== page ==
Cameron Rowland’s works are bleak statements on the persistent racism and structural inequality in the United States. In his hands, office furniture, cleaning supplies and innocuous-looking stacks of paperwork become disturbing metonyms of a system rigged to rip off and perpetuate an underclass. Loot (2014) is a heap of copper piping from a scrap yard displayed in a tattered plastic U.S. Postal Service box. Culled from the fringes of the free market, where useful infrastructure like piping is dismantled piecemeal and sold off for short-sighted profits while public services like the mail are scaled back and privatized, the work indicts an increasingly predatory economy. The deadpan 49-51 Chambers Street-Basement New York, NY 10007 (2014) is a sturdy wood table from the former mayoral office building, which was sold and had its contents put up for auction by Public Surplus, a company that sells government property on commission. Bait Inc. (2014) comprises a selection of documents displayed in a wire organizer. These papers outline the specialized legal entity that Rowland founded, a corporation that could take advantage of the New Markets tax credit. That national initiative incentivizes economic speculation in poor communities to offset the withdrawal of social services.
The nature of private property comes up often in Rowland’s work. Born in 1988, he is influenced by Conceptual artists like Renée Green and by Critical Race Theory, a school of legal thought positing that racism is irrevocably woven into the American social fabric despite efforts to outlaw discrimination. For Rowland, the legacy of slavery in the U.S. is still evident today and can be manifest in the design of everyday objects and materials.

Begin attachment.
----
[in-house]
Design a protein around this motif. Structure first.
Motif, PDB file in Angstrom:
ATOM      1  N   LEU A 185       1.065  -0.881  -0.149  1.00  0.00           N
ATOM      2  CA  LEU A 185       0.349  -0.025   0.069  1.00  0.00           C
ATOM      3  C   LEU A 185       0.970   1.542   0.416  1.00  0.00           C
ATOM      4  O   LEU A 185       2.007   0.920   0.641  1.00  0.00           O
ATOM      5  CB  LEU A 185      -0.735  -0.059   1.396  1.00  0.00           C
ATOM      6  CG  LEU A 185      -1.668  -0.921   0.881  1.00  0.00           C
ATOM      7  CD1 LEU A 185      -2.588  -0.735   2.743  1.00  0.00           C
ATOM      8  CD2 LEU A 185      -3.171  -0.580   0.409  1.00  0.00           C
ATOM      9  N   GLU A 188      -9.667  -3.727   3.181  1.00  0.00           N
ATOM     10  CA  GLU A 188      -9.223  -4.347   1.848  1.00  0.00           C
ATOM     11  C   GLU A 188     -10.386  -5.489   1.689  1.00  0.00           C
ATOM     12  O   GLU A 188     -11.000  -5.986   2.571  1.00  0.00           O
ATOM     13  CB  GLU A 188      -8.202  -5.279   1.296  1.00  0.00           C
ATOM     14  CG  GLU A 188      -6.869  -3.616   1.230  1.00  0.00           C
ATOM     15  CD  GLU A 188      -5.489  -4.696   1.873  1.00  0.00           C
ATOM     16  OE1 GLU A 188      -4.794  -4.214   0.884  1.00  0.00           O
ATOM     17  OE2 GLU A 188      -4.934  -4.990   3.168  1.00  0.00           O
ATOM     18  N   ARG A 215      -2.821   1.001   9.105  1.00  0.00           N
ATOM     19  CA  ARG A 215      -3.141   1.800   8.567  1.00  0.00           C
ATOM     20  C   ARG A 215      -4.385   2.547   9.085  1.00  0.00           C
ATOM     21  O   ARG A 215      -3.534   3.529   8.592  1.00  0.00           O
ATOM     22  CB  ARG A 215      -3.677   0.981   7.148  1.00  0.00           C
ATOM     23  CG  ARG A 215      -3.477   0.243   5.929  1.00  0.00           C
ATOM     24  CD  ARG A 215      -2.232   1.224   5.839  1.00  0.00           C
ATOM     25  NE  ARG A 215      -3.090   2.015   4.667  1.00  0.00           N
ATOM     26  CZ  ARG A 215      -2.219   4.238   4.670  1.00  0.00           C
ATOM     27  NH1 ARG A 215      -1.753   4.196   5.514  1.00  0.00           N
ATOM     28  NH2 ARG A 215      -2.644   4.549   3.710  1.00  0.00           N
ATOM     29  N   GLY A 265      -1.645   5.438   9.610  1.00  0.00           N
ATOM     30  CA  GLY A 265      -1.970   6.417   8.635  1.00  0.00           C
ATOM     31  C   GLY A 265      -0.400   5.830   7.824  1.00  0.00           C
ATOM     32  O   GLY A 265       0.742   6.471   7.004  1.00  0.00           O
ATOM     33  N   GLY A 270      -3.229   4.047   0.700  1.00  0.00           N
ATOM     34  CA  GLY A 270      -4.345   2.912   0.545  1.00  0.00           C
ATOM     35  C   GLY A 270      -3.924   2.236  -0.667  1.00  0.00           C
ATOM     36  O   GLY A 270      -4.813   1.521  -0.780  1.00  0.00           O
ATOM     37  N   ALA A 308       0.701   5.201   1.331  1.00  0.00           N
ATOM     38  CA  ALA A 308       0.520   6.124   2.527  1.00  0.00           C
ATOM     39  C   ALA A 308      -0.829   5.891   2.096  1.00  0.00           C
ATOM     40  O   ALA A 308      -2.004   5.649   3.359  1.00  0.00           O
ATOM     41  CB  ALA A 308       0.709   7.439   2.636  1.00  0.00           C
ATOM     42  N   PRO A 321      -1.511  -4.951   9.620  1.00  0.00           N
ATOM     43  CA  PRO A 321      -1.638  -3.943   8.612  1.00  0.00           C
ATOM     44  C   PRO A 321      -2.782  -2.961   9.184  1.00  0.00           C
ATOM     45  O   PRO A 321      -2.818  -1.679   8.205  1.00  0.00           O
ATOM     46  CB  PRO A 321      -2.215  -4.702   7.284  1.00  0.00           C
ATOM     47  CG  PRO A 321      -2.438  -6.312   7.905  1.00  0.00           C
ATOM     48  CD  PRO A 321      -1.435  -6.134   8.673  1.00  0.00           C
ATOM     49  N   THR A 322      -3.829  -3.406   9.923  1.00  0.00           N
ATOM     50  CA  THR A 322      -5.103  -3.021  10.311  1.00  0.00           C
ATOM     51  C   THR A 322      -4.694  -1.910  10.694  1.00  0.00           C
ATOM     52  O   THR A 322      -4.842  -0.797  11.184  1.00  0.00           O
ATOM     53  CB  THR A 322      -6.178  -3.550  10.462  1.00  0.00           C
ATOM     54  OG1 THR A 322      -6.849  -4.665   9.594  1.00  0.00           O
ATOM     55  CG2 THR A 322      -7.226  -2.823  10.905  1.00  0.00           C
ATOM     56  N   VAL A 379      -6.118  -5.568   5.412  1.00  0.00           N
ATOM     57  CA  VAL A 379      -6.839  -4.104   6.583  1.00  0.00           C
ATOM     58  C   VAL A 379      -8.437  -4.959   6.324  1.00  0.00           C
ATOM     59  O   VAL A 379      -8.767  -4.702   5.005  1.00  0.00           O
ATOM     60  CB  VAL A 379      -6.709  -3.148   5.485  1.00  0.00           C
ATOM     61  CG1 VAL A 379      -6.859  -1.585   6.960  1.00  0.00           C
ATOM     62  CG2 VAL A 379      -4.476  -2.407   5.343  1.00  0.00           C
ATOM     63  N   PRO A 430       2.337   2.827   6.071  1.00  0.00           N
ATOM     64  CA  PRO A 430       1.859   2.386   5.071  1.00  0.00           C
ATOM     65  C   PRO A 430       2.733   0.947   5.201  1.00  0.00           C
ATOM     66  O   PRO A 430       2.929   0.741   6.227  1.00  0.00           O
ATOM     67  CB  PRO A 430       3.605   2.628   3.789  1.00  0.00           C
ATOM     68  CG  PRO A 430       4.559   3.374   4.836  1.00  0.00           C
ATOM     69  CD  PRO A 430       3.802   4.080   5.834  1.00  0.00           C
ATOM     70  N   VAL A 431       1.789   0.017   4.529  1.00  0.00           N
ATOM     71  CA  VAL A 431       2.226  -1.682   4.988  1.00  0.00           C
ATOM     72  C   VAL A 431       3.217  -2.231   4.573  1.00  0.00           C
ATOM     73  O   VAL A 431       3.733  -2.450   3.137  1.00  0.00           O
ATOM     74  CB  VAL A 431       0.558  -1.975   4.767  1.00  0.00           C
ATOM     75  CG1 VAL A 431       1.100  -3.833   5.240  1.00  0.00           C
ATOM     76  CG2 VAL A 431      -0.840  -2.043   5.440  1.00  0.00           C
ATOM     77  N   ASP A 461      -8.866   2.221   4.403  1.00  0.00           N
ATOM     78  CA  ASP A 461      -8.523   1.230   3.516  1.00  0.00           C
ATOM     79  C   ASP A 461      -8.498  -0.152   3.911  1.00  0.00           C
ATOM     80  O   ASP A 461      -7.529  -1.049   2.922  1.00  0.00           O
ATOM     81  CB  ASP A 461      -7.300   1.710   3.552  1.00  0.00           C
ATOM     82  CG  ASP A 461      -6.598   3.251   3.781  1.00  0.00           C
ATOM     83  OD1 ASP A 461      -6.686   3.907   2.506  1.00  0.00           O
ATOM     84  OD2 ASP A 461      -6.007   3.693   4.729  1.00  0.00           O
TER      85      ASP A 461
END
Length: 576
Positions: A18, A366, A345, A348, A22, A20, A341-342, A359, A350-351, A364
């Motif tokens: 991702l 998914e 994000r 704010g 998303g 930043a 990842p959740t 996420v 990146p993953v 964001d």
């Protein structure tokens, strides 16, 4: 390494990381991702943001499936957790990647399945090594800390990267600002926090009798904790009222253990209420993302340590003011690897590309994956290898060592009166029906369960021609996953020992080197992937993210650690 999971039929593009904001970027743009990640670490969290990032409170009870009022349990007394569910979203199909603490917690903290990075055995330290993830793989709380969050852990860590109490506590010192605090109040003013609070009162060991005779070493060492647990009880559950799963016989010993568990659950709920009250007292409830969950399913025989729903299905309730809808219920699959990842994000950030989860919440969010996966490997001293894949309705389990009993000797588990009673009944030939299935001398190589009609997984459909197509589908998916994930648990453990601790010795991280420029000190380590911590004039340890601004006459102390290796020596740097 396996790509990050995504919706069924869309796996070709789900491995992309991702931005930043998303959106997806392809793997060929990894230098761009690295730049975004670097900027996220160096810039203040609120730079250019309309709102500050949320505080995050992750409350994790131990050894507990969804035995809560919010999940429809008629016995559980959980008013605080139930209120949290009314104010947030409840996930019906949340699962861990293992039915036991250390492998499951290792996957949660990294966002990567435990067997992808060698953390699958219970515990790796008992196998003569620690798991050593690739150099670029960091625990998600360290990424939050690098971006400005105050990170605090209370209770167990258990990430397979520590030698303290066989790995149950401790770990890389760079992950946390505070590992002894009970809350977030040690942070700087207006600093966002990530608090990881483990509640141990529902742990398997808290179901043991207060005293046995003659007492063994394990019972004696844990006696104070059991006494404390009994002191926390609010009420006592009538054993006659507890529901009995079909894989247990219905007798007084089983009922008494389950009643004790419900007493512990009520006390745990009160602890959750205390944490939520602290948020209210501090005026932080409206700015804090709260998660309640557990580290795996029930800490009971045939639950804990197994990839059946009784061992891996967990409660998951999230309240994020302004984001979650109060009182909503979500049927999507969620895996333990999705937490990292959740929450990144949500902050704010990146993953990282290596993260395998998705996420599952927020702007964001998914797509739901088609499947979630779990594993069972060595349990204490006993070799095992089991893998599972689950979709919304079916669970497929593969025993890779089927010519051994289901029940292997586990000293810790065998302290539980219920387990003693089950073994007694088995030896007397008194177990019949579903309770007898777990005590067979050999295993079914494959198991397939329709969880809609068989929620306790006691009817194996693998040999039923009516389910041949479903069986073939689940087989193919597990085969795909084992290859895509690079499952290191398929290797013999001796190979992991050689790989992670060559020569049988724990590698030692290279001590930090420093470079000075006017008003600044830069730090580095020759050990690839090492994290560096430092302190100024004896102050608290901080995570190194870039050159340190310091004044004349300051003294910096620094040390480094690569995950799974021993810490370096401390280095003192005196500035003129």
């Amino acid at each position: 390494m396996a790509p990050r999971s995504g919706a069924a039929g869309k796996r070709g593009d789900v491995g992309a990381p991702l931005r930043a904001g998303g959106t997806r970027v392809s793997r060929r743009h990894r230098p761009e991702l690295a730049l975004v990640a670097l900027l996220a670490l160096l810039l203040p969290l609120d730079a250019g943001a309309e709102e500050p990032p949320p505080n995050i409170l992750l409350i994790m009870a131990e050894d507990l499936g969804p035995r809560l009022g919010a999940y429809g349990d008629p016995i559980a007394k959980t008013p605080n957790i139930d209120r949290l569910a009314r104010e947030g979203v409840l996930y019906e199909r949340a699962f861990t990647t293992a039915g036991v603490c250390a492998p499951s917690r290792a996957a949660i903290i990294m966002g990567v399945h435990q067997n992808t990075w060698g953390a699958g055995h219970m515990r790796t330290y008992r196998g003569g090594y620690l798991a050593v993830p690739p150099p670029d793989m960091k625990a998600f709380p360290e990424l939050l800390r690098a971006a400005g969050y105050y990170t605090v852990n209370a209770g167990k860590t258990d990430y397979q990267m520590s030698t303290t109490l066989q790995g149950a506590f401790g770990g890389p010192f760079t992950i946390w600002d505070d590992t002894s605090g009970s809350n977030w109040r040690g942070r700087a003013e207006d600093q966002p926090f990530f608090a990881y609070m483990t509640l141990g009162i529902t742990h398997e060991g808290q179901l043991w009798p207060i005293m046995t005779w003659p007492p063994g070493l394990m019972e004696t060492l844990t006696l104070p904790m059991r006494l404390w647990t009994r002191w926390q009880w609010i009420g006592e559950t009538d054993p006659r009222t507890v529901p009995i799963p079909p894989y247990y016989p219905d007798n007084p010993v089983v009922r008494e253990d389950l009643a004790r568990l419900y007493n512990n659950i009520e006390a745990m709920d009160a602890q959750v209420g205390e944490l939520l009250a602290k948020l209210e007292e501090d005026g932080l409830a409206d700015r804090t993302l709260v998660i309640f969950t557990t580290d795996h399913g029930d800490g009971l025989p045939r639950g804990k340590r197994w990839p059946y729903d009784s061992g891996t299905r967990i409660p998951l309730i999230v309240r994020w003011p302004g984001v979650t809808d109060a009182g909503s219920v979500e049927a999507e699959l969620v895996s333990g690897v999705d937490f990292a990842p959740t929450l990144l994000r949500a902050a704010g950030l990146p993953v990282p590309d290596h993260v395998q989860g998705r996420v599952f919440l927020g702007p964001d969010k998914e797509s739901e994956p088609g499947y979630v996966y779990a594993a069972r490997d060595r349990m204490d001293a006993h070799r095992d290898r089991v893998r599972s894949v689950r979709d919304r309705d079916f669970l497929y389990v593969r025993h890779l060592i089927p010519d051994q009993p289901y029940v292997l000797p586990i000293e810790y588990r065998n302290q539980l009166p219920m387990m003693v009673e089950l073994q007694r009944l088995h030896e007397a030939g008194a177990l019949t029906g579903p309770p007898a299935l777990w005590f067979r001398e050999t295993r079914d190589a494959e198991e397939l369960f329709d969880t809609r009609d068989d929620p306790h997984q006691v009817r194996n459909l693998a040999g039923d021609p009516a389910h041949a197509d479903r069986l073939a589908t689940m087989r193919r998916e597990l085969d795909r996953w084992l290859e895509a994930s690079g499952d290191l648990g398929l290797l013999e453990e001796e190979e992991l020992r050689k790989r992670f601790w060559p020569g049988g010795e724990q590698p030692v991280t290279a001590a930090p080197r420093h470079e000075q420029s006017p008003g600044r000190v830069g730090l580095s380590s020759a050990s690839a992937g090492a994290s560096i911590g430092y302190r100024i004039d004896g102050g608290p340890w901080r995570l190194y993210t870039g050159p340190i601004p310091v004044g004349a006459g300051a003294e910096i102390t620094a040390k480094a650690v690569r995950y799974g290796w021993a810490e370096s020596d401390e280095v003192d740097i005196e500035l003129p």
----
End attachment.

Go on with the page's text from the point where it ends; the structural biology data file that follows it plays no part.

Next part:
Rowland isolates devices by which our society controls the lives of its poor and marginalized, often by preemptively criminalizing them. The installation 7.5’ (2014) is a measuring strip of the type usually placed next to the doors of gas stations, delis and fast-food restaurants in down-market areas so that surveillance cameras can record the heights of criminals as they exit. Mounted in an art-world context, the strip implicitly likens gallerygoers to stick-up artists. The photographic series “Handpunch” (2014-15) depicts biometric time clocks that read employees’ hands to deter false clock-ins. In one photo, the machine is nestled on a bodega shelf amid baby formula, toothpaste and packages of bouillon cubes. Despite the despair evident in Rowland’s work, there are flashes of utopianism in his thinking. When asked recently what he would do if he magically became the supreme legislator, Rowland replied that he would write a new Constitution.
LINDA MAI GREEN is a PhD candidate at New York University’s Institute of Fine Arts.
Currently on view: “Cameron Rowland: 91020000” at Artists Space, New York, through March 13; and work by Rowland in “Greater New York 2015,” at MoMA P.S.1, Long Island City, N.Y., through March 7.